Sure, some of the amendments are serious (but if any of them were adopted, the House would have to vote on the bill again, derailing the whole thing). That last one gave away the game that was really under way, though, as did an amendment filed by Sen. Robert Bennett ordering the District of Columbia to "immediately suspend the issuance of marriage licenses to any couple of the same sex" until the city holds a referendum on its new marriage equality law. Republicans weren't hoping to change the healthcare bill; they were hoping to put Democrats on the wrong side of some awkward votes come November, or to pander to their own conservative bases back home. "There's a rhyme or reason to what we're doing," Sen. Lindsey Graham, R-S.C., told Salon. "You will hear about some of these amendments later."
But Democrats know that, so most of the votes were actually one step removed from the amendment offered. Rather than voting directly against GOP proposals, Democrats voted on procedural motions to kill them: They could later, sort of plausibly, say they didn't actually vote to help child molesters get it up; they only voted not to deal with the amendment on the matter. Some conservative Democrats strayed from the party on a few votes -- Sen. Ben Nelson, D-Neb., voted with the GOP to strip the special deals states besides his would get out of the bill (even though he's already said he's voting against the reconciliation bill, which means he's voting to keep Nebraska's deal intact).
At least the amendments served some political purpose, not to mention delaying the bill's progress through the Senate. The GOP refusal to let committees meet made no sense at all. "This is so pointless," Sen. Carl Levin, D-Mich., said Wednesday afternoon, after he was forced to postpone a hearing that several high-ranking military officers had flown halfway around the planet to attend. "This isn't even slowing down the passage of the bill that [Republicans] don't like."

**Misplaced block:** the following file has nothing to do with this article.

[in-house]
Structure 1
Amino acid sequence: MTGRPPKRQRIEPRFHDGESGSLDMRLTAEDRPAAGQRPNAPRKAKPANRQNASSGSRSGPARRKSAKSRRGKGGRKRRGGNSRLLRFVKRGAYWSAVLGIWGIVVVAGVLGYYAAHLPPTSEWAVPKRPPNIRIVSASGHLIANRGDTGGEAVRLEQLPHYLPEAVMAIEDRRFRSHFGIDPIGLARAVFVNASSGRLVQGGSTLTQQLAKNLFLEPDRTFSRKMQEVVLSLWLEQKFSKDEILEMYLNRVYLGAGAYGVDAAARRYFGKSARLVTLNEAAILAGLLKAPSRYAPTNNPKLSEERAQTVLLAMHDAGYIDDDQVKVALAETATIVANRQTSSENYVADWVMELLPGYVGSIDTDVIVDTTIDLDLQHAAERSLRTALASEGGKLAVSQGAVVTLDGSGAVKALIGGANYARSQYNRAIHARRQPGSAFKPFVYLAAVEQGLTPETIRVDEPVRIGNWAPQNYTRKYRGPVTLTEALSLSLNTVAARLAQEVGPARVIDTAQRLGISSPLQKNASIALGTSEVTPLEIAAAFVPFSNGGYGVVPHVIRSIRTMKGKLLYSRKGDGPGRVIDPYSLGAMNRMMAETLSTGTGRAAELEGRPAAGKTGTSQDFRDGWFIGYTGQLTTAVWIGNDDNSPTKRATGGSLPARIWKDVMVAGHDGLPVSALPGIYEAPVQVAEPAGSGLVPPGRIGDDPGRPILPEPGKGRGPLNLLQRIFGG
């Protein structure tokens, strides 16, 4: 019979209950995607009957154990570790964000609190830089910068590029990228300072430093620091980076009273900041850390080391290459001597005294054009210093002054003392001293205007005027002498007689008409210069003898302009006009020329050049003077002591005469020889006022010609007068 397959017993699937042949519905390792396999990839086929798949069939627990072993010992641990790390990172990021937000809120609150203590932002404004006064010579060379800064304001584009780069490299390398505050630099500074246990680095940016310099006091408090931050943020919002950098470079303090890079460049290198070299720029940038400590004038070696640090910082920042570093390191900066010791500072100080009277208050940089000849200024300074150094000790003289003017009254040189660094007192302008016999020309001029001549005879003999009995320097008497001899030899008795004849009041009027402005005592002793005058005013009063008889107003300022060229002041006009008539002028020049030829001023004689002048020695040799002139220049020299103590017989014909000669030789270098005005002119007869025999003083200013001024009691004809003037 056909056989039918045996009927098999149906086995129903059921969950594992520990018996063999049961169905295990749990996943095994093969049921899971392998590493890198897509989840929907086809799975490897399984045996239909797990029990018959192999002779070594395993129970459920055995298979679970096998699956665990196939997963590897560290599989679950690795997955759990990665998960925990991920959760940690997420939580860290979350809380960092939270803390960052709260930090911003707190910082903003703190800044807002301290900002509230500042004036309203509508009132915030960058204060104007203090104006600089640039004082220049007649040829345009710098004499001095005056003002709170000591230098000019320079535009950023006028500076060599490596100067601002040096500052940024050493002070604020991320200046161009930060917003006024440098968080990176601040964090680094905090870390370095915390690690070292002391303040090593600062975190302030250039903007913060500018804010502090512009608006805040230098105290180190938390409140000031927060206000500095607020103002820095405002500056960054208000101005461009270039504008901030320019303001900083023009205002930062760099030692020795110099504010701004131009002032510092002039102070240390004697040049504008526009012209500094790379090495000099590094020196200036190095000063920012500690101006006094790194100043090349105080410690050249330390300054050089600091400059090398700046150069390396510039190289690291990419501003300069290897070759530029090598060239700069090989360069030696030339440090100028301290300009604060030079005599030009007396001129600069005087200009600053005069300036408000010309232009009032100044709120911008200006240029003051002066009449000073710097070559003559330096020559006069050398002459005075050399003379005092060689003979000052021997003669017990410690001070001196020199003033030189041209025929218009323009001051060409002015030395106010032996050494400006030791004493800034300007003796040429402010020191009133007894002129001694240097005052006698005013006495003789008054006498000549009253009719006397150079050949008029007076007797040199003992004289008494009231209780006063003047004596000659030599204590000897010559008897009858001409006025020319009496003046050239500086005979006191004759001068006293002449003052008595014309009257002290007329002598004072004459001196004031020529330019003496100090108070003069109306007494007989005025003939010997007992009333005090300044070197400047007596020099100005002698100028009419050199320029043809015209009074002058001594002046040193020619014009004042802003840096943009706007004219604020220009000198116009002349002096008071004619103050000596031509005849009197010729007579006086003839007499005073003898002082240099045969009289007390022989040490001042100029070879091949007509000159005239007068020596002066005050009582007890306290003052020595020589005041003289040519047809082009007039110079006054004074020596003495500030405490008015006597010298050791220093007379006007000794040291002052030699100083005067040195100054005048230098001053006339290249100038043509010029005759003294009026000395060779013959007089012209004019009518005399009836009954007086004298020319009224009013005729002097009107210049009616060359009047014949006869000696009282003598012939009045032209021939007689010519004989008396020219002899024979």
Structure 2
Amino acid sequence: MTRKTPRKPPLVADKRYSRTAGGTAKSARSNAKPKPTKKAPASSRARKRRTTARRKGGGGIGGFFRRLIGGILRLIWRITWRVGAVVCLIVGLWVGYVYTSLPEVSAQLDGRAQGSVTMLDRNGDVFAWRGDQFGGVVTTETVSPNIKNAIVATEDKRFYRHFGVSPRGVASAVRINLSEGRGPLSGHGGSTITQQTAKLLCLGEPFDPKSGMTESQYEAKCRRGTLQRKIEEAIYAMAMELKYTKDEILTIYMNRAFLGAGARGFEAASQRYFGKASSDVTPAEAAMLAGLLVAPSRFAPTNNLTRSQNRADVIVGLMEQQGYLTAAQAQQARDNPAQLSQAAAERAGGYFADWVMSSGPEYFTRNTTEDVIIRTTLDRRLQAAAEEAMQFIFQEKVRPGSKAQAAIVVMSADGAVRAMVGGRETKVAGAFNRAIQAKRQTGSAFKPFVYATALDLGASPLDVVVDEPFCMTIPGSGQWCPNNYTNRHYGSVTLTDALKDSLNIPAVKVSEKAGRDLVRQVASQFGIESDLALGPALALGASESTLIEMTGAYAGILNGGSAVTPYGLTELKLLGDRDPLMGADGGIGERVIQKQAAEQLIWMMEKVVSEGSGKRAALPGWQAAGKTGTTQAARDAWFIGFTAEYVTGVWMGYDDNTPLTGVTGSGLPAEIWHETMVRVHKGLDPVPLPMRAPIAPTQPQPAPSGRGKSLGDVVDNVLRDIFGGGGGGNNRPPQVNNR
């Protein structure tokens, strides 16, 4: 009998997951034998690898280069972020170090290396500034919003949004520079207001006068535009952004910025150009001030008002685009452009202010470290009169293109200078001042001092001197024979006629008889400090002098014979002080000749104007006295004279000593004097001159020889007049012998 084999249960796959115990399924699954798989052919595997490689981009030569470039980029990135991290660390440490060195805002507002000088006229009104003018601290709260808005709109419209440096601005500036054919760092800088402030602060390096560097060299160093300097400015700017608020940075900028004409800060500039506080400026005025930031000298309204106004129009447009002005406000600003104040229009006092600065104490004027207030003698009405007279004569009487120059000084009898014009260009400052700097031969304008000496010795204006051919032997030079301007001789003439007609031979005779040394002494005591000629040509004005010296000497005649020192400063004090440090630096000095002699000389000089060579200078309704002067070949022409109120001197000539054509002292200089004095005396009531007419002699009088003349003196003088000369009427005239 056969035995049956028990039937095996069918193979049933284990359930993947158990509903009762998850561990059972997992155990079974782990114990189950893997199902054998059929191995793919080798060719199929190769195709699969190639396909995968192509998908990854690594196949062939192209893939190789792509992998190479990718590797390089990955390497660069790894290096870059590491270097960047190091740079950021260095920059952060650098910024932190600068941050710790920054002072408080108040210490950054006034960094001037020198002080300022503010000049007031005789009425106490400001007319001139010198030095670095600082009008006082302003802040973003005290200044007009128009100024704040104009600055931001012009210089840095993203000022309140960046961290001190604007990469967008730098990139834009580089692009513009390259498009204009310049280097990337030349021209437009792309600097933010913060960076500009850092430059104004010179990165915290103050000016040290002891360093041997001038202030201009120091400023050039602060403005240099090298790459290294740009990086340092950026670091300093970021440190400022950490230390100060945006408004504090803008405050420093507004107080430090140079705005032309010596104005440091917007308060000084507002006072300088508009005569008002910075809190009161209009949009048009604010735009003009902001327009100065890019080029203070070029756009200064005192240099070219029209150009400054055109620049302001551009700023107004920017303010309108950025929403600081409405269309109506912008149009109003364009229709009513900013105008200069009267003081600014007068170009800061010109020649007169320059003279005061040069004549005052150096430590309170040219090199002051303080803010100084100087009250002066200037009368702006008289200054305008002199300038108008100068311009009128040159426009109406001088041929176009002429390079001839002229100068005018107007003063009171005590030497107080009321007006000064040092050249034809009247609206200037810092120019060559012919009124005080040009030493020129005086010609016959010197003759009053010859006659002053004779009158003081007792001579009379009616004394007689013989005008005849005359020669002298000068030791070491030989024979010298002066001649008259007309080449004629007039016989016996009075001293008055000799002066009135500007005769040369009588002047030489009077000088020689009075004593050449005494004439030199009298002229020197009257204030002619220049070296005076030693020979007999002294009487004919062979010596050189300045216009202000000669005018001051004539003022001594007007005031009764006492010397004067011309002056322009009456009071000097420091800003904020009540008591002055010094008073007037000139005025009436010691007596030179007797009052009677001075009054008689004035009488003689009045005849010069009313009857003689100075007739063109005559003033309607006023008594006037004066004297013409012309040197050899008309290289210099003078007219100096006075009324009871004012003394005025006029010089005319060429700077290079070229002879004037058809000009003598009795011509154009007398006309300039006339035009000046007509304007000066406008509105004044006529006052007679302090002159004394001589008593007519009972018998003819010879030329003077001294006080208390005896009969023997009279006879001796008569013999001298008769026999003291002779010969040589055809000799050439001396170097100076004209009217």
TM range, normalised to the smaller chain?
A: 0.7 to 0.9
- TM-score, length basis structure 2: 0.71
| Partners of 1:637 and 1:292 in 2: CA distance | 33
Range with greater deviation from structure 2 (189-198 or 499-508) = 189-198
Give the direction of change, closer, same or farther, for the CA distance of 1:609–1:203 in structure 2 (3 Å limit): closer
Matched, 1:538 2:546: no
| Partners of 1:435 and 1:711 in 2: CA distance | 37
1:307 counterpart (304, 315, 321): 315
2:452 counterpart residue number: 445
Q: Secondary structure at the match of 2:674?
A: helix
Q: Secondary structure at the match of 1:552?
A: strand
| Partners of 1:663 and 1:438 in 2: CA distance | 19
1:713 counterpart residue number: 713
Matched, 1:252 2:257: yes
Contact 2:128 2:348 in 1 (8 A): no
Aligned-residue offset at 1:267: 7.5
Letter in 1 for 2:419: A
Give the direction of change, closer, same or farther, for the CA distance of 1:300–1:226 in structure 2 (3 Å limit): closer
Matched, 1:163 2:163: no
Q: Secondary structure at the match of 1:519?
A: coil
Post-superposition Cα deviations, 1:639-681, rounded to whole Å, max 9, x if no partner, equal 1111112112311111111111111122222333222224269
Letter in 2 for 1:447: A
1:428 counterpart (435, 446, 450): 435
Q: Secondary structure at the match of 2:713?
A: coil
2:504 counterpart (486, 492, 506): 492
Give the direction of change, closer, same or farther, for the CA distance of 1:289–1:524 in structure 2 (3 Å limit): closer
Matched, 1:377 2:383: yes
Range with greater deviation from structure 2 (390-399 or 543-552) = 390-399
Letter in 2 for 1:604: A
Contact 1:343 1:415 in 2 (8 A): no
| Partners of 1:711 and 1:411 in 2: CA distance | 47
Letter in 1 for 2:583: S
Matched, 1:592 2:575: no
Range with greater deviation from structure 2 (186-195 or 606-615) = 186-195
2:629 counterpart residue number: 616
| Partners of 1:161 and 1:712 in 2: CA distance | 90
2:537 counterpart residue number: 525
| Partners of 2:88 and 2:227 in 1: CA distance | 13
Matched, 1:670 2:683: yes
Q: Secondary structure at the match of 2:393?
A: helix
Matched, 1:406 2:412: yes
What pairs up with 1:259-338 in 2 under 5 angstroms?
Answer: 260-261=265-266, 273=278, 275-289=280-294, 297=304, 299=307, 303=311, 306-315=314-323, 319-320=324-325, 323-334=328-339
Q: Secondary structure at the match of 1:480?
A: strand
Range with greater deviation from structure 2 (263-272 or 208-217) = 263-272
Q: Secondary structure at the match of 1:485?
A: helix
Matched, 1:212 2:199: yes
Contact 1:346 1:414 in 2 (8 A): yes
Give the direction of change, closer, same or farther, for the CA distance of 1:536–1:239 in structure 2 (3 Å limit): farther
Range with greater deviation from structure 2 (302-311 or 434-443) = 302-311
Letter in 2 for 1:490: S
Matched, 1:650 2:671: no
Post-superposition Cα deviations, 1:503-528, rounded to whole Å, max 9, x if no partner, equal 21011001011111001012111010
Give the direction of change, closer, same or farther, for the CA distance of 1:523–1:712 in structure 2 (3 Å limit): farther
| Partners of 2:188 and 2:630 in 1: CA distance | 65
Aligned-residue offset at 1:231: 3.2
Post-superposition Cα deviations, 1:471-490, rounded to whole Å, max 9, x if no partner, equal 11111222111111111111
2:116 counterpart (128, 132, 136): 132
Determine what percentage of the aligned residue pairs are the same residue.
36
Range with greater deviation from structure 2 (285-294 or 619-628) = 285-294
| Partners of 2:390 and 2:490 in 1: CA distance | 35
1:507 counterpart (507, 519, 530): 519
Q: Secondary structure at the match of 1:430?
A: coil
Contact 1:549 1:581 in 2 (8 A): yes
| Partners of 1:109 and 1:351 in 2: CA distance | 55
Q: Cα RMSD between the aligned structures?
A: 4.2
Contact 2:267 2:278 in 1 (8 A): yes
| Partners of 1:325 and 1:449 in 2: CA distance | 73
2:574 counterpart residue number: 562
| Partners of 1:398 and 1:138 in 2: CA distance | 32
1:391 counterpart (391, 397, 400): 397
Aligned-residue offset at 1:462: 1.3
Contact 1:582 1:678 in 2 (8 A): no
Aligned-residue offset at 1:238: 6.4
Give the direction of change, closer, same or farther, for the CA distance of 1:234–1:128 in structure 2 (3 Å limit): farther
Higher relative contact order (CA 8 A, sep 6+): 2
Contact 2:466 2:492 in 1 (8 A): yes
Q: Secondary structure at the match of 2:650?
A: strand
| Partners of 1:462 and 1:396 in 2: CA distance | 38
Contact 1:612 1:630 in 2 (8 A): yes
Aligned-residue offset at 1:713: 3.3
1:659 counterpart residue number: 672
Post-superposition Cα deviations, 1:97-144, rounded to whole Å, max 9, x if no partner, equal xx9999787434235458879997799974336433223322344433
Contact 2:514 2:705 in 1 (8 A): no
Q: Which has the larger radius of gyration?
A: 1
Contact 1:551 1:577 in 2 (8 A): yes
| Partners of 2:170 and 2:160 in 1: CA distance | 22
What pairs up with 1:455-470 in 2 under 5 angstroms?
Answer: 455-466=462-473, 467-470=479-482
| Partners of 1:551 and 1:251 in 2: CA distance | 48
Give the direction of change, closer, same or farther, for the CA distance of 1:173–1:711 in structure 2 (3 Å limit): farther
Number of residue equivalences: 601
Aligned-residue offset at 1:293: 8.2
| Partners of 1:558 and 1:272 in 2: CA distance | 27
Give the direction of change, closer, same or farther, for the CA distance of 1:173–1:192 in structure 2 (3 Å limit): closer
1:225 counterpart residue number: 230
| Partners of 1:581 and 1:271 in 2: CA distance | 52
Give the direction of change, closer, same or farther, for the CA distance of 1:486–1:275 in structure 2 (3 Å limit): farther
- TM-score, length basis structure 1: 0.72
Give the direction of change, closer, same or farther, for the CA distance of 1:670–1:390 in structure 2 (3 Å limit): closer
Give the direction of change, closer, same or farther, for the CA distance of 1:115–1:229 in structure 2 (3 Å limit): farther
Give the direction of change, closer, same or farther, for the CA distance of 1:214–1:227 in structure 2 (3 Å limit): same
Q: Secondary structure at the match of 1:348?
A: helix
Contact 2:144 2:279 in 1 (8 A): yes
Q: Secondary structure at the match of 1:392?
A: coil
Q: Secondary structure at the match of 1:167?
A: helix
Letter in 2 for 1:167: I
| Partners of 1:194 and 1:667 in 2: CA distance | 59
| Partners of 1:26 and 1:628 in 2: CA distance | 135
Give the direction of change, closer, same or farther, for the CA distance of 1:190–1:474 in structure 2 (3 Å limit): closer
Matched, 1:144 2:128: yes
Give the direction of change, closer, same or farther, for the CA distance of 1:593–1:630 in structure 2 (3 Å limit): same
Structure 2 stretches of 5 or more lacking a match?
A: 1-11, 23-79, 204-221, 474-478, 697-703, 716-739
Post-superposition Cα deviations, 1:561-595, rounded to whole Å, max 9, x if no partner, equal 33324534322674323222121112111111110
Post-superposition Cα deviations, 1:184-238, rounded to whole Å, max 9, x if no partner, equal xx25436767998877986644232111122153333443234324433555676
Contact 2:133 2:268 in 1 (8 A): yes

No one would come forward to say who was objecting to the committee business, and that tactic seems likely to continue into Thursday, as well. The vote-a-rama, though, may not. In the end, Republicans are likely to reach some form of détente that keeps the final vote on the healthcare bill from slipping too far into the weekend. The fact that no GOP lawmakers had taken advantage of their right to demand the whole bill be read out loud -- a real time-waster -- earlier in the week was the tipoff; the whole point here seemed to be to put up a fight but still get out of town, as scheduled, by the weekend. Standing on principle, after all, is fine, but not when it gets in the way of a two-week break -- sorry, make that "district work period."